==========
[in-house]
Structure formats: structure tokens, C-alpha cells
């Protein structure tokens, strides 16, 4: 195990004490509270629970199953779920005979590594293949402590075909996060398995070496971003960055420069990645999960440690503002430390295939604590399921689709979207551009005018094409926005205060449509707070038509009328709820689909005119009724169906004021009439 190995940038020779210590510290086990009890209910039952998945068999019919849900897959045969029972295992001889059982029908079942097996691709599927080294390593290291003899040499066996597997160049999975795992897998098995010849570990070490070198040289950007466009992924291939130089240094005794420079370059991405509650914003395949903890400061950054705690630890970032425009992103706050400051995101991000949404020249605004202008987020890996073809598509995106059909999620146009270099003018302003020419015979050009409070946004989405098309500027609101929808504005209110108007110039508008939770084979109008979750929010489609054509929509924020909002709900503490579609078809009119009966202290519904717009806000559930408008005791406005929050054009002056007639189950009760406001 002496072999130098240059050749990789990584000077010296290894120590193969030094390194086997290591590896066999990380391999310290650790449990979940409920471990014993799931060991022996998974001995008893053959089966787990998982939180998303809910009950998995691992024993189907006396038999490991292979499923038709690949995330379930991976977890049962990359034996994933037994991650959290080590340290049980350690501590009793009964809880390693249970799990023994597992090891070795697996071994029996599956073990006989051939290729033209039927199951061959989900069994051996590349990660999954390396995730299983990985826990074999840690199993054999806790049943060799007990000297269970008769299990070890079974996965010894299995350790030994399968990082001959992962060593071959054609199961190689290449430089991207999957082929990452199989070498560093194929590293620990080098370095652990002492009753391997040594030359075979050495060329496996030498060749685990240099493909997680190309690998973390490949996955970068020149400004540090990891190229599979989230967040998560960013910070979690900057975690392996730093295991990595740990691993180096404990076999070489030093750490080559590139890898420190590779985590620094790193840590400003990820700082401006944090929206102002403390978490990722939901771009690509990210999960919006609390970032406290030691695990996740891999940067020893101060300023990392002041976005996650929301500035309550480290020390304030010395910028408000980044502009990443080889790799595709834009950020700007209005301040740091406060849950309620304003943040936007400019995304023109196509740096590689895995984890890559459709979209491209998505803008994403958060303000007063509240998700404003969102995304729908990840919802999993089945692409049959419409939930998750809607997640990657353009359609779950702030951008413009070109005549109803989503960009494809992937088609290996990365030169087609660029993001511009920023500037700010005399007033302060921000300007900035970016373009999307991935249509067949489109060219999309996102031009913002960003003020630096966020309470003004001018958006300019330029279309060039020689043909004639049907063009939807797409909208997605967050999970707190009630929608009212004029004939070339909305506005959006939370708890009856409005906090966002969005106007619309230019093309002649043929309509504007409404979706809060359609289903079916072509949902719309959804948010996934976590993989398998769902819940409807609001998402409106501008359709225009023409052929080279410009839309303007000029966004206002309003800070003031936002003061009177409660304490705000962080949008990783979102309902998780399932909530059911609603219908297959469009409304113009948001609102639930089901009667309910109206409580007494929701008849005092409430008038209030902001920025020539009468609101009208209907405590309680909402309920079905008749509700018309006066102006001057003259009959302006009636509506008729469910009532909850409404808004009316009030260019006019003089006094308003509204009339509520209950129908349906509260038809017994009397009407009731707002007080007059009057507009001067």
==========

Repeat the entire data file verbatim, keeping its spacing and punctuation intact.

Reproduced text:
[in-house]
Structure formats: structure tokens, C-alpha cells
């Protein structure tokens, strides 16, 4: 195990004490509270629970199953779920005979590594293949402590075909996060398995070496971003960055420069990645999960440690503002430390295939604590399921689709979207551009005018094409926005205060449509707070038509009328709820689909005119009724169906004021009439 190995940038020779210590510290086990009890209910039952998945068999019919849900897959045969029972295992001889059982029908079942097996691709599927080294390593290291003899040499066996597997160049999975795992897998098995010849570990070490070198040289950007466009992924291939130089240094005794420079370059991405509650914003395949903890400061950054705690630890970032425009992103706050400051995101991000949404020249605004202008987020890996073809598509995106059909999620146009270099003018302003020419015979050009409070946004989405098309500027609101929808504005209110108007110039508008939770084979109008979750929010489609054509929509924020909002709900503490579609078809009119009966202290519904717009806000559930408008005791406005929050054009002056007639189950009760406001 002496072999130098240059050749990789990584000077010296290894120590193969030094390194086997290591590896066999990380391999310290650790449990979940409920471990014993799931060991022996998974001995008893053959089966787990998982939180998303809910009950998995691992024993189907006396038999490991292979499923038709690949995330379930991976977890049962990359034996994933037994991650959290080590340290049980350690501590009793009964809880390693249970799990023994597992090891070795697996071994029996599956073990006989051939290729033209039927199951061959989900069994051996590349990660999954390396995730299983990985826990074999840690199993054999806790049943060799007990000297269970008769299990070890079974996965010894299995350790030994399968990082001959992962060593071959054609199961190689290449430089991207999957082929990452199989070498560093194929590293620990080098370095652990002492009753391997040594030359075979050495060329496996030498060749685990240099493909997680190309690998973390490949996955970068020149400004540090990891190229599979989230967040998560960013910070979690900057975690392996730093295991990595740990691993180096404990076999070489030093750490080559590139890898420190590779985590620094790193840590400003990820700082401006944090929206102002403390978490990722939901771009690509990210999960919006609390970032406290030691695990996740891999940067020893101060300023990392002041976005996650929301500035309550480290020390304030010395910028408000980044502009990443080889790799595709834009950020700007209005301040740091406060849950309620304003943040936007400019995304023109196509740096590689895995984890890559459709979209491209998505803008994403958060303000007063509240998700404003969102995304729908990840919802999993089945692409049959419409939930998750809607997640990657353009359609779950702030951008413009070109005549109803989503960009494809992937088609290996990365030169087609660029993001511009920023500037700010005399007033302060921000300007900035970016373009999307991935249509067949489109060219999309996102031009913002960003003020630096966020309470003004001018958006300019330029279309060039020689043909004639049907063009939807797409909208997605967050999970707190009630929608009212004029004939070339909305506005959006939370708890009856409005906090966002969005106007619309230019093309002649043929309509504007409404979706809060359609289903079916072509949902719309959804948010996934976590993989398998769902819940409807609001998402409106501008359709225009023409052929080279410009839309303007000029966004206002309003800070003031936002003061009177409660304490705000962080949008990783979102309902998780399932909530059911609603219908297959469009409304113009948001609102639930089901009667309910109206409580007494929701008849005092409430008038209030902001920025020539009468609101009208209907405590309680909402309920079905008749509700018309006066102006001057003259009959302006009636509506008729469910009532909850409404808004009316009030260019006019003089006094308003509204009339509520209950129908349906509260038809017994009397009407009731707002007080007059009057507009001067």